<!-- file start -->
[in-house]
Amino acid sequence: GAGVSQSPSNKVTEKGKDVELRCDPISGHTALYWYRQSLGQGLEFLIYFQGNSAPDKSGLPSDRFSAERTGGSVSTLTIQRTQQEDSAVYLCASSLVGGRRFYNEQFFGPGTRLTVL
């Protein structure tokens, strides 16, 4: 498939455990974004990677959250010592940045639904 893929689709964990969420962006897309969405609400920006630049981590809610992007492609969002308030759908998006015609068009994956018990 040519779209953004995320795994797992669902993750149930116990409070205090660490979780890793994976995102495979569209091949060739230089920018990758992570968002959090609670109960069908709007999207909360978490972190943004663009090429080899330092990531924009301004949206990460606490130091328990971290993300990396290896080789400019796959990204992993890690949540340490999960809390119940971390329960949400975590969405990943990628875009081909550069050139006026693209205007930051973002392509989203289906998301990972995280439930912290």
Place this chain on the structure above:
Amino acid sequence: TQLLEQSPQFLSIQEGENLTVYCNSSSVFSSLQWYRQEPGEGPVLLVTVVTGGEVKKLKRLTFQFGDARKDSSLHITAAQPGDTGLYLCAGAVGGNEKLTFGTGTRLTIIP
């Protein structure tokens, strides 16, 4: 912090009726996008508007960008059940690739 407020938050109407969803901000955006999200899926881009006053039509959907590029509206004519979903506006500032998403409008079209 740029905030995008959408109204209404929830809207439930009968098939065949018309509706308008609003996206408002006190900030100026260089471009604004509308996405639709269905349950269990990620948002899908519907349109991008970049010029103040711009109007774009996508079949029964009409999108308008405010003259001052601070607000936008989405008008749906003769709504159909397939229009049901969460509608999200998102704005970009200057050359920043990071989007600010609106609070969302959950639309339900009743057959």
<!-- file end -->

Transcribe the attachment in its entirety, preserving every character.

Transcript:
[in-house]
Amino acid sequence: GAGVSQSPSNKVTEKGKDVELRCDPISGHTALYWYRQSLGQGLEFLIYFQGNSAPDKSGLPSDRFSAERTGGSVSTLTIQRTQQEDSAVYLCASSLVGGRRFYNEQFFGPGTRLTVL
């Protein structure tokens, strides 16, 4: 498939455990974004990677959250010592940045639904 893929689709964990969420962006897309969405609400920006630049981590809610992007492609969002308030759908998006015609068009994956018990 040519779209953004995320795994797992669902993750149930116990409070205090660490979780890793994976995102495979569209091949060739230089920018990758992570968002959090609670109960069908709007999207909360978490972190943004663009090429080899330092990531924009301004949206990460606490130091328990971290993300990396290896080789400019796959990204992993890690949540340490999960809390119940971390329960949400975590969405990943990628875009081909550069050139006026693209205007930051973002392509989203289906998301990972995280439930912290």
Place this chain on the structure above:
Amino acid sequence: TQLLEQSPQFLSIQEGENLTVYCNSSSVFSSLQWYRQEPGEGPVLLVTVVTGGEVKKLKRLTFQFGDARKDSSLHITAAQPGDTGLYLCAGAVGGNEKLTFGTGTRLTIIP
């Protein structure tokens, strides 16, 4: 912090009726996008508007960008059940690739 407020938050109407969803901000955006999200899926881009006053039509959907590029509206004519979903506006500032998403409008079209 740029905030995008959408109204209404929830809207439930009968098939065949018309509706308008609003996206408002006190900030100026260089471009604004509308996405639709269905349950269990990620948002899908519907349109991008970049010029103040711009109007774009996508079949029964009409999108308008405010003259001052601070607000936008989405008008749906003769709504159909397939229009049901969460509608999200998102704005970009200057050359920043990071989007600010609106609070969302959950639309339900009743057959």